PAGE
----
Legislature(2001 - 2002)
05/05/2001 01:35 PM STA
* first hearing in first committee of referral
= bill was previously heard/scheduled
= bill was previously heard/scheduled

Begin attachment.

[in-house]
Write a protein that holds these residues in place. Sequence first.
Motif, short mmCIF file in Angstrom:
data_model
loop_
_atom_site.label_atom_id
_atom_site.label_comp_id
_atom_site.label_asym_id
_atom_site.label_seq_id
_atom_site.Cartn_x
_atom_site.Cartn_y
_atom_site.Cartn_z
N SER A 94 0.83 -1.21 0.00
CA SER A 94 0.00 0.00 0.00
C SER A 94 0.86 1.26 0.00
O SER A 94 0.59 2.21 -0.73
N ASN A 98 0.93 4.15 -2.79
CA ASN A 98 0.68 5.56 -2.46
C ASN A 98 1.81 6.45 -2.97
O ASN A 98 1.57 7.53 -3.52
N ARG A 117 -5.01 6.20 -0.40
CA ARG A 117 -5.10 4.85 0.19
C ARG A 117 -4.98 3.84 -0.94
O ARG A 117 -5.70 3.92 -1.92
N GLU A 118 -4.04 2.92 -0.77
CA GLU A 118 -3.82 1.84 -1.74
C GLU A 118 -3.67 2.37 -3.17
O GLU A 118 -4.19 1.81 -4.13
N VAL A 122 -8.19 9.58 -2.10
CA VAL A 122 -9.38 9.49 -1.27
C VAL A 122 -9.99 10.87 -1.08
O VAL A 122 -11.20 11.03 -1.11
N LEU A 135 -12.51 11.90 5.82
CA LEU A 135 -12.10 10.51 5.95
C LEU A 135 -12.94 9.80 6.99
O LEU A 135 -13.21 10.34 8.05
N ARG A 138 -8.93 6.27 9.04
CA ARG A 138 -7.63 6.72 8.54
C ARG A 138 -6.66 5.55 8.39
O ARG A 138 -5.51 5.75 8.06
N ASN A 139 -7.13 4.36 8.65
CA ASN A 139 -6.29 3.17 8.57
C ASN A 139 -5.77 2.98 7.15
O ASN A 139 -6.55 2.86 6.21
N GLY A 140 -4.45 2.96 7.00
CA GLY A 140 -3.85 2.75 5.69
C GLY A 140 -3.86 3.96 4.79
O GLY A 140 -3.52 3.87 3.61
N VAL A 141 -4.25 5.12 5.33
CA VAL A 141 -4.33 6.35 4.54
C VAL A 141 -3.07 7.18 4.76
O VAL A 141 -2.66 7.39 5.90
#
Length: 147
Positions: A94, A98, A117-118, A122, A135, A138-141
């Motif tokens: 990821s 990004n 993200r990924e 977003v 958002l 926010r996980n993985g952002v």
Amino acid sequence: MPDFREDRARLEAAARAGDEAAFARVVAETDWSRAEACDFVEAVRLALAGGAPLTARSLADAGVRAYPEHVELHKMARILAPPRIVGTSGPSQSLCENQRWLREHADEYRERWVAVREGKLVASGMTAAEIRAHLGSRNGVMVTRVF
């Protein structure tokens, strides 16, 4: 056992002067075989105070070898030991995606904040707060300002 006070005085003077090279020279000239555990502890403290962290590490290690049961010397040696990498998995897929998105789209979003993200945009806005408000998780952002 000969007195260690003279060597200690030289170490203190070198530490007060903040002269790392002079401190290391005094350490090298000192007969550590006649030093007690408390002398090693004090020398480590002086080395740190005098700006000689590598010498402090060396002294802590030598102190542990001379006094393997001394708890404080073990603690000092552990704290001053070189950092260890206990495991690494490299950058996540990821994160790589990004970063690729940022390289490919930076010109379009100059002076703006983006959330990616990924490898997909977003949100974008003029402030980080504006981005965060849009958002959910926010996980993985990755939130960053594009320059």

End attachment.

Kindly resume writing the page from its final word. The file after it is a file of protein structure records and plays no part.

SJR 28 - LONG-TERM CARE INSURANCE Number 0040 CHAIR COGHILL announced that the committee would hear CS FOR SENATE JOINT RESOLUTION NO. 28(HES), Urging dissemination of information about the costs of long-term care services and the availability of long-term care insurance for individuals. Number 0075 SENATOR GARY WILKEN, Alaska State Legislature, sponsor, explained that the Long-Term Care (LTC) Task Force created by the legislature recommends that information about LTC be disseminated to the public. Two of the things that the LTC Task Force learned during its public hearing process is that "if your fortunate to live long enough to ... need long-term care," it's very, very expensive; and that the time to "get people" is when they're planning their lives - when they're getting their medical insurance in order - so that when they do reach the age when they need help, they don't have to spend their savings or their family's savings. He noted that the good news today is that over the last three years, private industry has picked up on the fact that this is a marketable product. He then recounted how, "When we had our Task Force, a lot of people looked to the state and said, 'Well why doesn't the state just pay for this out of perhaps a permanent fund deduction,' or, 'we'll just have what amounts to socialized long-term care in Alaska,' and people were really serious about that." SENATOR WILKEN explained that SJR 28 simply says to the state, to municipalities, to Congress, and to the President to spread the word about long-term care. He opined that it is important to keep this issue in front of every legislature, every year, because by the year 2020, one out of eight Alaskans will be 80 years old or older. He noted that the issue is so important that he did a campaign commercial on it in order to get people to start thinking about this issue; people need to make plans early in their lives for what will happen when they get older. REPRESENTATIVE WILSON commented that Senator Wilken is "right on here," and that SJR 28 is very appropriate. In her town, she noted, the cost of LTC is over $10,000 per month, and added that the issue of LTC and its cost can be overwhelming when people are faced with making choices without having any prior plans. REPRESENTATIVE JAMES remarked that she really appreciates the work that Senator Wilken has done with regard to the issue of LTC. Long-term care is an up-and-coming issue that has to be dealt with, she opined; not only the aspect of having insurance available that covers LTC, but also the aspect of having facilities available for people to receive LTC. She added that she is a supporter of assisted living homes, which provide very good care and which should be considered further. Number 0477 REPRESENTATIVE HAYES mentioned that he might have a conflict of interest because the company he works for sells long-term-care insurance. CHAIR COGHILL said that Representative Hayes's potential conflict is "duly noted but objected to"; thus Representative Hayes would be required to vote if called upon to do so. REPRESENTATIVE STEVENS said that he is really glad to see SJR 28; it is essential that people become aware of this topic. He then mentioned that sometimes it appears that the message to people is that they should transfer their wealth to their families so that the state can pick up the cost of LTC. SENATOR WILKEN noted that Representative Stevens has a point; people think, erroneously, that social security is going to take care of them when they get old, and that everything is going to be fine. Long-term care is so expensive, however, that many people have to spend their assets down to the limit allowed and then live off the state. He opined that SJR will make people aware that they need to start planning early so that they will not have to give away all their assets when they get older. REPRESENTATIVE CRAWFORD said that he supports the concept of SJR 28 but noted that in his industry, possible only 25 percent of the people even have healthcare coverage for their families. Coverage is so expensive that people have to decide between paying the rent or paying for healthcare coverage; thus these people hope and bet on staying healthy. He surmised that LTC coverage would have even less priority than healthcare coverage. He asked, "How do we get around to getting people [who] ... are in that sort of predicament to look ahead to long-term-care facilities and insurance?" SENATOR WILKEN said that he sees it as two tracks: We need to continue to push to get people to be able to afford major medical [coverage] - we can barely go without it in our world today; at the same time, on another track, we [need to] encourage those that have the ability - those that perhaps have that part of their lives taken care of - to avail themselves of long-term care [coverage]. But we need to keep pushing on both fronts to keep them both moving ahead. CHAIR COGHILL said that he agrees with Senator Wilken. He noted that the last resolve in SJR 28 requests that Congress address to what extent tax rules may discriminate against consumers of long-term care insurance policies. SENATOR WILKEN noted that Congress currently has before it the "Long-term Care and Retirement Security Act of 2001," which will address the topic of how to get tax relief for long-term-care planning. Number 0927 REPRESENTATIVE JAMES moved to report CSSJR 28(HES) out of committee with individual recommendations and the accompanying zero fiscal note. There being no objection, CSSJR 28(HES) was reported from the House State Affairs Standing Committee.